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Trust – on all sorts of levels – is a key element in the relationship between reader and writer and authorial consistency is essential for this. For example, if you have your hero aged 27 on page 11 and aged 29 on page 12, readers can’t read on for the alarm bells ringing in their heads. They are suddenly concerned that you don’t know much about your own characters. Similarly with memoir – you can’t have people dying inconsistently. So attention to detail is vital. But how do you keep track of all that detail – birthdates, exams, Halloween, dances, travel days, significant periods. For example, you may need to make a note of how long it takes to hand-stitch a dress.

A few practical tools will help. You will by now be familiar with the uses to which a novelist can put notebooks, folders, wallets and sticky notes. Pinboards can provide inspirational wall-decoration festooned with visual aids such as photos (cut out of magazines or withdrawn from family albums) which may suggest the physical attributes of hero and heroine. Or you can pin-up maps, town plans, street plans or room plans – if they’ll help you visualise where your hero is and how he moves around the space. You will also gather around you a reference library of everything from Brewer’s Dictionary of Phrase and Fable to Roget’s Thesaurus.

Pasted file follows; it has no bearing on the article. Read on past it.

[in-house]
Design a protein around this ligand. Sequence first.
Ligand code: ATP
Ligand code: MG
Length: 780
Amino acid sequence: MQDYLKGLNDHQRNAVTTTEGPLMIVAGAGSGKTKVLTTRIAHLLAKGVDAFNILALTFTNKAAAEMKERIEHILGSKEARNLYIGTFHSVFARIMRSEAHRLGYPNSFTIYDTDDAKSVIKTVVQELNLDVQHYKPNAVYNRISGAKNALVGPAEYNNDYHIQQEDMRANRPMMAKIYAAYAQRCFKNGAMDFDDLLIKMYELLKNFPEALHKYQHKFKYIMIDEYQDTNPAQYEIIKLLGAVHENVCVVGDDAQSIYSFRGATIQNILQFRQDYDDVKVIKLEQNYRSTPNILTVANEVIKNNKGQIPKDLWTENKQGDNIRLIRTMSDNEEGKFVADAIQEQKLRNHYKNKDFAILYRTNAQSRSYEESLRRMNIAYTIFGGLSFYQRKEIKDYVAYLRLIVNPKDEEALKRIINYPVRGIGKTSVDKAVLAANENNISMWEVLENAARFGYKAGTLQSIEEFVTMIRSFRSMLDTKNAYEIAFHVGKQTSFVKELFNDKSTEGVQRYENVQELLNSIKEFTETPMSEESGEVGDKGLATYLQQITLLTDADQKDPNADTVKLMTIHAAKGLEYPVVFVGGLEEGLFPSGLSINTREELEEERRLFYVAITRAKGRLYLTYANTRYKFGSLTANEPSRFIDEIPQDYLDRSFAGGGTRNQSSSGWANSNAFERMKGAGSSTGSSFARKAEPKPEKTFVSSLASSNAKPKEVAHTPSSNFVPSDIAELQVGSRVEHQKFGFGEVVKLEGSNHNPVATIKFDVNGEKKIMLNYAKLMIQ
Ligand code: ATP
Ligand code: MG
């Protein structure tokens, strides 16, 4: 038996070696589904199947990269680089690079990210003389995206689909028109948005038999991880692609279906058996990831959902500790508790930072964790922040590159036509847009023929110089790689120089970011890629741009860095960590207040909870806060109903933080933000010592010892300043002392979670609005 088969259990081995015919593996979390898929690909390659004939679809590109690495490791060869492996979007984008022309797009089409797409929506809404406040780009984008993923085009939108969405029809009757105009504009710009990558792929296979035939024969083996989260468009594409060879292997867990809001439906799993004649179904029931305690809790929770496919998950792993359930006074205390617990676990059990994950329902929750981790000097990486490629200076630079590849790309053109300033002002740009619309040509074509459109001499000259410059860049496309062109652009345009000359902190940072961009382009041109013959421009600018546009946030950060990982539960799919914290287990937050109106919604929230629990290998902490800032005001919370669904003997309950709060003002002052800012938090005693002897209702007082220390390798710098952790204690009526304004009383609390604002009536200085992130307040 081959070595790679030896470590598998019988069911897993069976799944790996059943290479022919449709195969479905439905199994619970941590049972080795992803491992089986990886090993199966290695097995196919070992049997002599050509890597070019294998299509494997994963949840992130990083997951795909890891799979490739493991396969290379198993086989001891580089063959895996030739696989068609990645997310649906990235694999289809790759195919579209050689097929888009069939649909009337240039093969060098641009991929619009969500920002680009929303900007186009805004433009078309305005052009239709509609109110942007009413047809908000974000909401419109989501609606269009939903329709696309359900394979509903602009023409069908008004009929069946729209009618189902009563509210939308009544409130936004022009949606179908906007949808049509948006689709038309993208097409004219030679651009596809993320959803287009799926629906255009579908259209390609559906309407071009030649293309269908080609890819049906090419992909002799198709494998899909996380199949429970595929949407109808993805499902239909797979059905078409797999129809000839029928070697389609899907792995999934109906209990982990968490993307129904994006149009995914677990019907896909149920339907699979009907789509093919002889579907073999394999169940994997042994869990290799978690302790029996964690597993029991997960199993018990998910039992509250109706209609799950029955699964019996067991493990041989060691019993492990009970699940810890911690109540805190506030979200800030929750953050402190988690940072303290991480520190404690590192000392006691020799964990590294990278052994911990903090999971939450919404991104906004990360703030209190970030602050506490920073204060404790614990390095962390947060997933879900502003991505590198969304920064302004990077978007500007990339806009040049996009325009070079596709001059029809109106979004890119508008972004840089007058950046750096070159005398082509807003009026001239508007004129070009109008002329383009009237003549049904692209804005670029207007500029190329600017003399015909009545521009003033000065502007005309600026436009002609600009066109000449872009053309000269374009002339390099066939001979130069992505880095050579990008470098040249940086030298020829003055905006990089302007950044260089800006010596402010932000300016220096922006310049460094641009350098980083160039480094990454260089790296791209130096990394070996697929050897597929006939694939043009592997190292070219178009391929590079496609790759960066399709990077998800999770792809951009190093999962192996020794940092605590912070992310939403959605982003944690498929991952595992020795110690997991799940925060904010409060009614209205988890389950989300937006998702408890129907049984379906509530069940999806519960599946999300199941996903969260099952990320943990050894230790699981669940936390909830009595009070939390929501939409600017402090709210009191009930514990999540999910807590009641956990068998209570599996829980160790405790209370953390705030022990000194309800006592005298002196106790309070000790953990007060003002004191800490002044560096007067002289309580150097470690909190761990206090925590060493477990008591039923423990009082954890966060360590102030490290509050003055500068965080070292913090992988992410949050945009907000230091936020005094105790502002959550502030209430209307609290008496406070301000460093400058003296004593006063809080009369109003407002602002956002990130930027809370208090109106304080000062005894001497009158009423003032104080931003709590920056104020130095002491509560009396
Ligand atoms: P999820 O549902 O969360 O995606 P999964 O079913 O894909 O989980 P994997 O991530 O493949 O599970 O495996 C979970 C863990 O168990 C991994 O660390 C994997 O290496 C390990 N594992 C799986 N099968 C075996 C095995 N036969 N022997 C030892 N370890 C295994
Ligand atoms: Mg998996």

But don’t neglect the potential of the Spreadsheet – computer-based or otherwise. This can help you with:
• Timeline – what happens and when in your story. Check for feasibility.
• Chapter designation – reflecting the story arc, clarifying what’s important for you in it.
• Word Count – totting up the totals (Have you written a novel? A blockbuster or a novella . . ?)
• A note on the Point of View character for each chapter. (Avoid unnecessary head-hopping.)
• Locations – a list of settings (also indicating areas of required research).

So, as you see, you may find you are using far more than pen and paper or a computer to help you to write a book

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